Even though patterns of cortical metabolism are an accurate surrogate parameter for the majority of different dementia subtypes, there are some less common disorders associated with cognitive impairment showing primarily subcortical abnormalities and no cortical alterations.
When evaluating cognitive impairment with striatal hypometabolism different diagnoses come to mind. For example, various tauopathies like progressive supranuclear palsy and corticobasal degeneration. They share striatal involvement resulting in hypometabolism and progressive dementia as a core feature. However they usually present with additional cortical hypometabolism even in early stages; in addition the patient showed no evidence of an akinetic movement disorder.
On the other hand, different genetic disorders affecting the basal ganglia in combination with cognitive decline can be considered. Based on their prevalence Wilson’s and Huntington’s disease are probable differential diagnosis. Furthermore, some even more rare entities including Dentatorubral-pallidoluysian atrophy, a subtype of spinocerebellar degeneration, can also be associated with cognitive impairment and striatal abnormalities/hypometabolism .
Wilson’s disease (WD), an autosomal-recessive condition resulting in accumulation of copper in brain and liver can present with initially neuropsychiatric symptoms including dementia often in combination with parkinsonism or dystonia. FDG-PET scans in WD have shown – consistent with our case - a decreased striatal uptake (mainly in the caudate nucleus and in the lenticular nuclei) while the cortical glucose metabolism often remains normal [7, 8]. Nevertheless, onset of WD > 40 years is rare and no Kayser-Fleischer ring as a pathognomonic sign of copper deposition in the cornea could be identified in the patient. Moreover, liver function tests were normal.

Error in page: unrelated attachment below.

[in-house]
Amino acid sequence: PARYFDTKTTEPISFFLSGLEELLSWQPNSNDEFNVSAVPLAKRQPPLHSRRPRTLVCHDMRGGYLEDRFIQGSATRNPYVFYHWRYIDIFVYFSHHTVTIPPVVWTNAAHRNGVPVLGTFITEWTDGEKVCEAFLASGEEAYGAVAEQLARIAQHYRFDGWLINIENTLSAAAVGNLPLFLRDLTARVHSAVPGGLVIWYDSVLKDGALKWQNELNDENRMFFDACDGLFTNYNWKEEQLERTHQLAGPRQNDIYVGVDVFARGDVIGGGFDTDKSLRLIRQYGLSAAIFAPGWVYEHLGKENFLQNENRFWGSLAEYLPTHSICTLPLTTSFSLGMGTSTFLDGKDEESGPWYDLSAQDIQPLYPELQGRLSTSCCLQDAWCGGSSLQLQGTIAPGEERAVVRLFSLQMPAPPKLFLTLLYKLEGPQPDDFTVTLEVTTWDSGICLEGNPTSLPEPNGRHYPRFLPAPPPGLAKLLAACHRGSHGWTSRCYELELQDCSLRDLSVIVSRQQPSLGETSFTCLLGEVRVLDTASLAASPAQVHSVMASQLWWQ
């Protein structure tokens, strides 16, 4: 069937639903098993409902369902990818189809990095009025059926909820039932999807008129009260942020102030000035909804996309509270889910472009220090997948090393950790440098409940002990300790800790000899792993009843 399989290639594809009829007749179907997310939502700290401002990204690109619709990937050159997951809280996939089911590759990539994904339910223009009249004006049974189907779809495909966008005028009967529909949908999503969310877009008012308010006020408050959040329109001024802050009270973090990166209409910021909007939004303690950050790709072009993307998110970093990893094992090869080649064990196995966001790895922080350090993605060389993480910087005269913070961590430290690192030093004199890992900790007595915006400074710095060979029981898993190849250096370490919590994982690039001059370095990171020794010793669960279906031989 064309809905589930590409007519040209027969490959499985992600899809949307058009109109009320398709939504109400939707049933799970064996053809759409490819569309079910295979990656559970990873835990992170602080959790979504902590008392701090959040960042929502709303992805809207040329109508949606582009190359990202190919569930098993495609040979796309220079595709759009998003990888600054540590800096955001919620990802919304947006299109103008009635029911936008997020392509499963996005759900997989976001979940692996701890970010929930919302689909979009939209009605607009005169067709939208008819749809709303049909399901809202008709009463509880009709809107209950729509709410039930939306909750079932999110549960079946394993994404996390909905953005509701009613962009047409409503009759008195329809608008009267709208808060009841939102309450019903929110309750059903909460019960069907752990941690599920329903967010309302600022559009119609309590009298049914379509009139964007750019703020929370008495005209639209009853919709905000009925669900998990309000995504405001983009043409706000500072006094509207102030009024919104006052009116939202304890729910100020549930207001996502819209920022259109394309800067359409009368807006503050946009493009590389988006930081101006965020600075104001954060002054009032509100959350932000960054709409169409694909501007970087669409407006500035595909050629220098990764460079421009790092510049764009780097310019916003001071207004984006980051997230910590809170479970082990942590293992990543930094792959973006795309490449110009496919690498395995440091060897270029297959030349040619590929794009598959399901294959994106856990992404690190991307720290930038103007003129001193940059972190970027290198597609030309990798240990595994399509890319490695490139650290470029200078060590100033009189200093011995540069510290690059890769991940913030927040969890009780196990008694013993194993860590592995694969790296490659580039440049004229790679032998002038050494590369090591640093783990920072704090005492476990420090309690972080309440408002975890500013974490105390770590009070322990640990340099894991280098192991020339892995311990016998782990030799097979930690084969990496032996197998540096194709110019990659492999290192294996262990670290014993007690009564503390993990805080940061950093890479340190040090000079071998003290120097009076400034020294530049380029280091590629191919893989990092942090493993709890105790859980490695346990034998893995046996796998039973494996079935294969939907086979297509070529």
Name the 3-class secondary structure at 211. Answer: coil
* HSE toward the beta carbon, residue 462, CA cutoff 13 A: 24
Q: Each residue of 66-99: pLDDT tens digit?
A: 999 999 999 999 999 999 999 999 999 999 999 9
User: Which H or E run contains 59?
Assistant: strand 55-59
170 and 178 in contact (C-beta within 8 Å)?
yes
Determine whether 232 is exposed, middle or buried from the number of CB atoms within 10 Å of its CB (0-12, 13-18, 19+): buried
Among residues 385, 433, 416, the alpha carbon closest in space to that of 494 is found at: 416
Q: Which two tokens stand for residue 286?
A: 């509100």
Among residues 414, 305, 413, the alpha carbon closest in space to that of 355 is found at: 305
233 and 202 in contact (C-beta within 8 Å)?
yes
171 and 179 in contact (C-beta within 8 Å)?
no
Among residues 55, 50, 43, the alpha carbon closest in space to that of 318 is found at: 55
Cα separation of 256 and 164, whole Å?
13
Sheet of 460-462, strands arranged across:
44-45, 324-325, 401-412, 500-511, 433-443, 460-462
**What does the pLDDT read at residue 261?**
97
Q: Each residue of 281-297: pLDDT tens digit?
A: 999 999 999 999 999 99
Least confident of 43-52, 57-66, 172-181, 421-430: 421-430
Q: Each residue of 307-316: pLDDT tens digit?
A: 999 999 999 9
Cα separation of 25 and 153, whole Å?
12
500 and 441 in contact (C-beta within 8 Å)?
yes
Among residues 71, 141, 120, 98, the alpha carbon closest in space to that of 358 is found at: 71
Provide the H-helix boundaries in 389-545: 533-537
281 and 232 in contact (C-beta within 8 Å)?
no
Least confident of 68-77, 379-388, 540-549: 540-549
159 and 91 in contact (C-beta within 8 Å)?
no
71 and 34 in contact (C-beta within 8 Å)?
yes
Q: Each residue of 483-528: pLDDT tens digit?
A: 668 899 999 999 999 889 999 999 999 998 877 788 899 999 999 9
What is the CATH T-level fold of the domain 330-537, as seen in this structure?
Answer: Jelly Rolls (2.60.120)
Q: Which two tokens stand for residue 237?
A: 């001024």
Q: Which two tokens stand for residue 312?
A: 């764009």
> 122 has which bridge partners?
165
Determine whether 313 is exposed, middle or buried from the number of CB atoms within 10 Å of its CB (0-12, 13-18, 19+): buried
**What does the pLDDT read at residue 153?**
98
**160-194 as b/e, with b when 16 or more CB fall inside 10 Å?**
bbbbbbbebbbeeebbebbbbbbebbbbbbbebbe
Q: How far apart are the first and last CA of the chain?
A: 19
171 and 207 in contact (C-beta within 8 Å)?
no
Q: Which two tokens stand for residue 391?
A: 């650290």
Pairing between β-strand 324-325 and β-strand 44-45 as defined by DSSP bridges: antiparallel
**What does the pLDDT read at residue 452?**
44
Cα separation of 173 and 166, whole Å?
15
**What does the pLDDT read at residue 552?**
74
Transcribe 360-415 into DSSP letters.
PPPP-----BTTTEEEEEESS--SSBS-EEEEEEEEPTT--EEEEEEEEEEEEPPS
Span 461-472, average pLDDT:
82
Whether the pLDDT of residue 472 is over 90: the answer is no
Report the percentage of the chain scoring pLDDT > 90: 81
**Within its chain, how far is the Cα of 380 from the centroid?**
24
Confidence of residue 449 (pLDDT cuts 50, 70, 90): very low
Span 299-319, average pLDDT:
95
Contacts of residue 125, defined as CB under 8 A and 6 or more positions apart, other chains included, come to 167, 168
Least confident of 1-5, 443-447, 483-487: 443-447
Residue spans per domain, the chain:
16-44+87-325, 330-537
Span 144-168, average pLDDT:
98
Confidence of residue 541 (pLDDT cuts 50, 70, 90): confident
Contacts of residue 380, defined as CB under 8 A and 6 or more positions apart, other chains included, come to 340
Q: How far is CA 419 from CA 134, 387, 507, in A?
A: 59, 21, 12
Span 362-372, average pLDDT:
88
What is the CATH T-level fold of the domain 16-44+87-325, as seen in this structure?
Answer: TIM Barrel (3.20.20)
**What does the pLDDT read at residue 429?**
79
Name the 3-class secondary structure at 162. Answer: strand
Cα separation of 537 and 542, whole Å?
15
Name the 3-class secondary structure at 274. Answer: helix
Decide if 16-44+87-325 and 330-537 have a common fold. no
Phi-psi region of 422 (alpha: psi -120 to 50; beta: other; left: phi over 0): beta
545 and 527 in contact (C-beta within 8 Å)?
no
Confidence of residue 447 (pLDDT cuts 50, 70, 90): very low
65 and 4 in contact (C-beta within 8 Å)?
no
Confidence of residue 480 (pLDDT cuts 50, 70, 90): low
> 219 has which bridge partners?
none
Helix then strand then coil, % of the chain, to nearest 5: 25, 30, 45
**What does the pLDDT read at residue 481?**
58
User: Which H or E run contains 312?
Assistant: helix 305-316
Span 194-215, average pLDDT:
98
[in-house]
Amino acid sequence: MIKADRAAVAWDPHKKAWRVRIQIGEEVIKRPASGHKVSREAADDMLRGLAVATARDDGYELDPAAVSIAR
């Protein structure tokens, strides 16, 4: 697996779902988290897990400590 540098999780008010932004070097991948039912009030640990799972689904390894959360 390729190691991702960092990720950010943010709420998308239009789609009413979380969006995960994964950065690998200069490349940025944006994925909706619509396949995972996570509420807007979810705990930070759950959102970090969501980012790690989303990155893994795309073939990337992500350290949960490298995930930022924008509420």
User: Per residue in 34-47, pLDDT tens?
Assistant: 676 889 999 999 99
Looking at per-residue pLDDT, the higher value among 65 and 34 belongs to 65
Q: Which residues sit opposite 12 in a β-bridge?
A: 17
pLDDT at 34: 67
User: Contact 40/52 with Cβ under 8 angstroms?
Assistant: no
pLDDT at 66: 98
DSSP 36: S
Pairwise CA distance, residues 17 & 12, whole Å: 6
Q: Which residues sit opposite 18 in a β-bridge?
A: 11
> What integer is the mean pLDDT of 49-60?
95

Based on the PET scan HD was being suggested as underlying cause for the cognitive impairment despite the fact that the patient had no family history of HD. Only 18F-FDG PET revealed an abnormal striatal function. Interestingly, we found no alterations of cortical metabolism or changes in structural neuroimaging. Although early-stage HD has been associated with frontotemporal and parietal hypometabolism  and progressive atrophy of the striatum on MRI .
HD is an autosomal-dominant neurodegenerative disorder caused by an increase in a trinucleotide repeat section in the HTT. When the repeat count of the CAG sequence reaches a certain threshold (CAG repeats > 35) a mutant form of the Huntingtin protein is produced which is neurotoxic. CAG repeats > 39 always lead to the onset of disease, whereas CAG repeats between 36 and 39 are associated with a reduced penetrance of the disorder . The age at clinical onset is negatively correlated with the CAG length. Typical age of onset of disease is the 4th -5th decade, whereas up to 10% of patients present with an onset > 60 years of age . Genetic testing is generally initiated due to typical movement aberrations in patients and a positive family history in first degree relatives. However, cognitive impairment often precedes the clinical onset of motor symptoms . Interestingly, cognitive symptoms in HD are more dominant in men than in women with stronger contribution to patients’ independence and functioning .
Severely reduced glucose metabolism in the bilateral striatum is a well-described (and characteristic) neuroimaging finding in HD . Due to genetic testing as the current routine standard in the HD diagnostic pathway, FDG-PET is usually not performed in patients with suspected HD. However, HD is a rare but important differential diagnosis of cognitive impairment, especially before motor symptoms are manifest. We conclude that in cases with negative family history the HD characteristic metabolic pattern can lead to the diagnosis when no other dementia-suspected (cortical) changes are present.
- 18F-FDG PET/CT:
18F-fludeoxyglucose positron emission tomography/computer tomography
3D standard surface projections
Magnetic resonance imaging
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We thank the patient for allowing us to share his case.
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Michels, S., Buchholz, H., Rosar, F. et al. 18F-FDG PET/CT: an unexpected case of Huntington’s disease. BMC Neurol 19, 78 (2019) doi:10.1186/s12883-019-1311-9
- Huntington’s disease
- Striatal hypometabolism